FEFU Chamber Assembly Concert /
ДВФУ Камерные Ассамблеи
Ul. Perta Velikogo 3/ Ул. Перта Великого 3
March 15, 2014
Free and open to the public
After President Putin’s shocking decision to hold the 2012 APEC in Vladivostok in 2006, the Moscow government finally took developing the Russian Far East seriously. Well, that time has come and gone and while there have been significant infrastructure changes, such as the construction of the Zolotoy Rog Bridge and the Russky Bridge, the biggest and most significant addition was the construction of the state-of-the-art higher education institution, the Far Eastern Federal University on Russky Island.
Unfortunately, in 2014, they are still constructing it. Вот Россия. But that was good for me (and you)! The old building that still holds the Far Eastern Federal University (FEFU) Department of Academic Arts happens to be two bus stops away from SRAS’ courses at VSUES (you could even walk there if you so desired). The department holds seasonal performances to show off their students’ skills and expertise in the various art forms they learn. I happened to catch the chamber assembly section of the concert series.
The concert hall where the musicians perform is tucked away inside the FEFU Art building. You’ll enter through the front doors and have to ask for permission for entrance at the gate (as you don’t have a FEFU student card). After entering, you’ll have the option of checking your coat into the coat room located on your left. Then you will walk up four flights of stairs to the fourth floor (which in itself is a journey). The Art Department has a wonderful collection of expertly painted pieces of art that range from small realist portraitures to gigantic impressionist scenery. Since I got there early, I waited in the most nifty waiting room I’ve ever been in. It was the combination of an art gallery and a ballet studio. Huge paintings and ballet bars around the room with one side facing the Zolotoy Rog Bridge. FEFU has prime real estate for some nice photography angles.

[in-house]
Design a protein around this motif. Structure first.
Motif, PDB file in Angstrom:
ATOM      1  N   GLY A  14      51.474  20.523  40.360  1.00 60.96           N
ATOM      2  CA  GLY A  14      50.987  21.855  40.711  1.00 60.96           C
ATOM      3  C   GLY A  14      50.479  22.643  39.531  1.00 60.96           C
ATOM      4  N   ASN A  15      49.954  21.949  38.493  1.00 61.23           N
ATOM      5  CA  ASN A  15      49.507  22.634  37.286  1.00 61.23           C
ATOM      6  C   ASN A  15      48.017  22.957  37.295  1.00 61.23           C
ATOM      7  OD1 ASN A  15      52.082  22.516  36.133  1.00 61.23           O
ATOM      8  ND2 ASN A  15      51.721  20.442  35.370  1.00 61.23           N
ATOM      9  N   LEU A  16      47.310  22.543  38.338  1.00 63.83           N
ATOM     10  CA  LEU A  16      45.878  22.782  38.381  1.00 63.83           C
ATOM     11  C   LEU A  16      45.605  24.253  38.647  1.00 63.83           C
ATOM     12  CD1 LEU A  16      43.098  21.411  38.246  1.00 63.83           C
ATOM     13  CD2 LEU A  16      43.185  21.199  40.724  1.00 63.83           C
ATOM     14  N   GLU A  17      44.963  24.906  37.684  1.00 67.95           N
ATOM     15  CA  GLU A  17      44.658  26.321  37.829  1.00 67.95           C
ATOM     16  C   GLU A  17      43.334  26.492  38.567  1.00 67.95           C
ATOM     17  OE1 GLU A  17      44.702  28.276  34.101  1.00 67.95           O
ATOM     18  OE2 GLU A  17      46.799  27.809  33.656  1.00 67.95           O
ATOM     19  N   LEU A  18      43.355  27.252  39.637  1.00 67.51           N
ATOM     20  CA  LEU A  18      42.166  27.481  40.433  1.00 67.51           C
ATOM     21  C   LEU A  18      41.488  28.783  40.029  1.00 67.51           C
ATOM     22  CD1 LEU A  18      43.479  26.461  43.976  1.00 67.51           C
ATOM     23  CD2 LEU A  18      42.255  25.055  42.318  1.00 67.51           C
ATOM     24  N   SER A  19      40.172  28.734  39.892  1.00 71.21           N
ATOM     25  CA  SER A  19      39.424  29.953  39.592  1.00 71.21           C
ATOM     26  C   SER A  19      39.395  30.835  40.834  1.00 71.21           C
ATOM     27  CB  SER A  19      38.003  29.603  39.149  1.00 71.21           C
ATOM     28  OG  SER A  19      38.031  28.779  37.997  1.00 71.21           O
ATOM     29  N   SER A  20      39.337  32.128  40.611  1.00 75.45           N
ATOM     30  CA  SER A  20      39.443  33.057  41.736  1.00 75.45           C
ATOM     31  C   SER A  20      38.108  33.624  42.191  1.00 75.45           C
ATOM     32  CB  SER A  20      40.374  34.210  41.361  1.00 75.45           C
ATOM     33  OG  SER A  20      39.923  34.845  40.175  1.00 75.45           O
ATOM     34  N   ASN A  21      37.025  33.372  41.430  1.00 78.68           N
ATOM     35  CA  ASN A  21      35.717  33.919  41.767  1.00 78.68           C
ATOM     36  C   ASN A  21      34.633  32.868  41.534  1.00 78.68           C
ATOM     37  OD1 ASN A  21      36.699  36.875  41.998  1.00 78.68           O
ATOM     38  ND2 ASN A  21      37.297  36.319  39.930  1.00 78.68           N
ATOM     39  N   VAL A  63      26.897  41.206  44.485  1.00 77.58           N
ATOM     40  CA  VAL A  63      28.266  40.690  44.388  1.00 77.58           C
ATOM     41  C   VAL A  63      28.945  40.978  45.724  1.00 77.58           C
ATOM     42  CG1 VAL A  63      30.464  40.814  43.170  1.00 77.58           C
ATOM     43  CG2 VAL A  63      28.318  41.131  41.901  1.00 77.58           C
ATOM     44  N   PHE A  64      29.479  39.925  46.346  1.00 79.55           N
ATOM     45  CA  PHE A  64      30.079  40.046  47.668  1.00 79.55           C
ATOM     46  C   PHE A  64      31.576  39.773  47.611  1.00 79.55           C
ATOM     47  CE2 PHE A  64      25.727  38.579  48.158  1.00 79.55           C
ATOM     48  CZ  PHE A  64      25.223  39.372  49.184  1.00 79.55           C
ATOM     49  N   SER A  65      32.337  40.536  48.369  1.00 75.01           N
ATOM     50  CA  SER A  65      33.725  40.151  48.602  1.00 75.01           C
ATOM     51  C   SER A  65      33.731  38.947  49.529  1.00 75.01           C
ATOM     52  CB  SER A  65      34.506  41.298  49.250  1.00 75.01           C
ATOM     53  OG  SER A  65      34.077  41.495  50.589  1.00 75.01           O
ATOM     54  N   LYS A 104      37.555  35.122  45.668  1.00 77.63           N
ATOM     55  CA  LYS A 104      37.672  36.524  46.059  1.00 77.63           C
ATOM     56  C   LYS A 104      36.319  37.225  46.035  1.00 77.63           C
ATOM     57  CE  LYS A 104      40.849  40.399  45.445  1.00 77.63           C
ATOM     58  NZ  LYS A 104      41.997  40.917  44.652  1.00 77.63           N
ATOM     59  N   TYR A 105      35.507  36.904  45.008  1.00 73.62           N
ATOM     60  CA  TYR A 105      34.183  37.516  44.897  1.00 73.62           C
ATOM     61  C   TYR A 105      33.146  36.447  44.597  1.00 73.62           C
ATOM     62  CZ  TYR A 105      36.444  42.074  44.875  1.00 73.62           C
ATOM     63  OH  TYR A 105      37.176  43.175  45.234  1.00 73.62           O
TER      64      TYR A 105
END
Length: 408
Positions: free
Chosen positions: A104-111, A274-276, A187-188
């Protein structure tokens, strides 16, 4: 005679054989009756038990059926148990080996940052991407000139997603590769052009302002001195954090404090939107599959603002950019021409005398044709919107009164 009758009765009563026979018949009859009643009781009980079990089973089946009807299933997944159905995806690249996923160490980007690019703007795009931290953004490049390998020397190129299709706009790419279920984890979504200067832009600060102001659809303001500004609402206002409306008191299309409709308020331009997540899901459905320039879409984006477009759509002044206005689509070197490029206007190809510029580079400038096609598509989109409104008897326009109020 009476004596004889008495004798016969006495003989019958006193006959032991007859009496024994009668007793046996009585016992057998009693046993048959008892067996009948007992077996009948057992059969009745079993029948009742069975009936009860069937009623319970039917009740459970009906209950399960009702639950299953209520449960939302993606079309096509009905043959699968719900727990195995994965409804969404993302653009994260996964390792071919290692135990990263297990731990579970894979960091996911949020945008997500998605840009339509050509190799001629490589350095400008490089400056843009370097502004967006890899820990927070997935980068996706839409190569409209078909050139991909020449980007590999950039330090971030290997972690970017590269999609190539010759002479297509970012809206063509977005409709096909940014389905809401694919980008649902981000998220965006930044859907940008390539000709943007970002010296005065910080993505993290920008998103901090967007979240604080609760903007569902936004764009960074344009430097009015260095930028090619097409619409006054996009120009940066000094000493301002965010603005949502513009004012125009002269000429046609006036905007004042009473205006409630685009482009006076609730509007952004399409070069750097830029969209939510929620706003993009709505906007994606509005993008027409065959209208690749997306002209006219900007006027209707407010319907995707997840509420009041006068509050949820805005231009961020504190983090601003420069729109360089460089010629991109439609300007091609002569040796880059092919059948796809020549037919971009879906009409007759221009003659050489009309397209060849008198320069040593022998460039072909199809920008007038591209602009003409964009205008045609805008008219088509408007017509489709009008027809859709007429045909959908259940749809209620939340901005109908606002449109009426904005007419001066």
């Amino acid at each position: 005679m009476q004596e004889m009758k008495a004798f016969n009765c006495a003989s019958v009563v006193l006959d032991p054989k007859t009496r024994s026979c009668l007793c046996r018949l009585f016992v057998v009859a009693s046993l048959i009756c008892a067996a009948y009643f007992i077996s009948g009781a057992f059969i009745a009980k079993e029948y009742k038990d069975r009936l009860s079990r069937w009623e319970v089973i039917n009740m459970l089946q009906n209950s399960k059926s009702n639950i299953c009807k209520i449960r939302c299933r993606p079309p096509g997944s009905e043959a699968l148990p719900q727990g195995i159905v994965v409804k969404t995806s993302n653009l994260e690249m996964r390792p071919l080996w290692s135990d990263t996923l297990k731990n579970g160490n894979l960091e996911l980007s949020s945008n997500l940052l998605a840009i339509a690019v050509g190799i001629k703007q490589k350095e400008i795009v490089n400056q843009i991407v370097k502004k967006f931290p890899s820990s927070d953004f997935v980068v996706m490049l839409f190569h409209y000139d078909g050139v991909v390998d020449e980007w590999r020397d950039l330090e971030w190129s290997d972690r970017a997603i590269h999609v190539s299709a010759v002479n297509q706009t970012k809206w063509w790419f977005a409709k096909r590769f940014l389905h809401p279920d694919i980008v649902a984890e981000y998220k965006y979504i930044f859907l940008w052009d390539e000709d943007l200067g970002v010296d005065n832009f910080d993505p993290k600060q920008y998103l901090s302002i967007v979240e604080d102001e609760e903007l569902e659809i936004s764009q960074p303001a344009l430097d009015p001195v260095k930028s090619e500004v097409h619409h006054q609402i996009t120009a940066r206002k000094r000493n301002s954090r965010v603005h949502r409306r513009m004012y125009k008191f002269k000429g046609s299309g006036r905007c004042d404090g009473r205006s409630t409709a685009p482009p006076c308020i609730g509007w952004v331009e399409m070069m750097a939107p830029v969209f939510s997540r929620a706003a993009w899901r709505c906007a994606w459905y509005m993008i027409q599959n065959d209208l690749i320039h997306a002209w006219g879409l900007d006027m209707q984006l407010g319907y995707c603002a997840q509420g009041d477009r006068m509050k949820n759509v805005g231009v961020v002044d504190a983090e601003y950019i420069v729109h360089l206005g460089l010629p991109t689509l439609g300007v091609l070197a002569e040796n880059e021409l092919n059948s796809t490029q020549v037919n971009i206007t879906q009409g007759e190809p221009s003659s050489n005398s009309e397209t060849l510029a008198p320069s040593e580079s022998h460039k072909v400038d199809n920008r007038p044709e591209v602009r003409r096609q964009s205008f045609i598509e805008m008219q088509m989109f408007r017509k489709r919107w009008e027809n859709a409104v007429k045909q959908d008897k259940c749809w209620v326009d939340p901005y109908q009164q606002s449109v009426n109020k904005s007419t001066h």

Once the doors opened, people filled the hall. Don’t expect the doors to open on time, they will open at the time the concert is advertised to begin, then you will wait about fifteen minutes before the concert will be announced and another five for tuning of the instruments. The crowd was not bit, but not shabby either. The primary demographic was older women, but there were a couple of girls who looked around eighteen. Men were definitely lacking (I don’t know what that says about Russia). I was not allowed to photograph during the performance, but I got a couple of shots after to show the size of the performance hall.
The actual performances were held in five sections. All of the performances involved a violinist and a pianist. Sometimes a singer would accompany as well. All of the students were very skilled and played a series of famous pieces, including some from Schumann, Rossini, Rubinstein, Debussy, Gretchaninov, and Taneyev. In total, the concert lasted an hour and a half.
Notable moments include the music director looking like she was straight out of High School Musical (she had that booming dramatic voice that is a qualification for becoming a music director) and the various facial gestures of concentration that the students made. But the greatest aspect of this performance was the idea that I could lack a lot of communication skills and not even understand what was being said; that I don’t know the verbs to describe how I felt about the performance in Russian to the people around me, but I was still able to appreciate it with the Russian comrades around me. Music is a universal language; some of the pieces span over hundreds of years, but everyone can still understand them today. That is a really potent thought.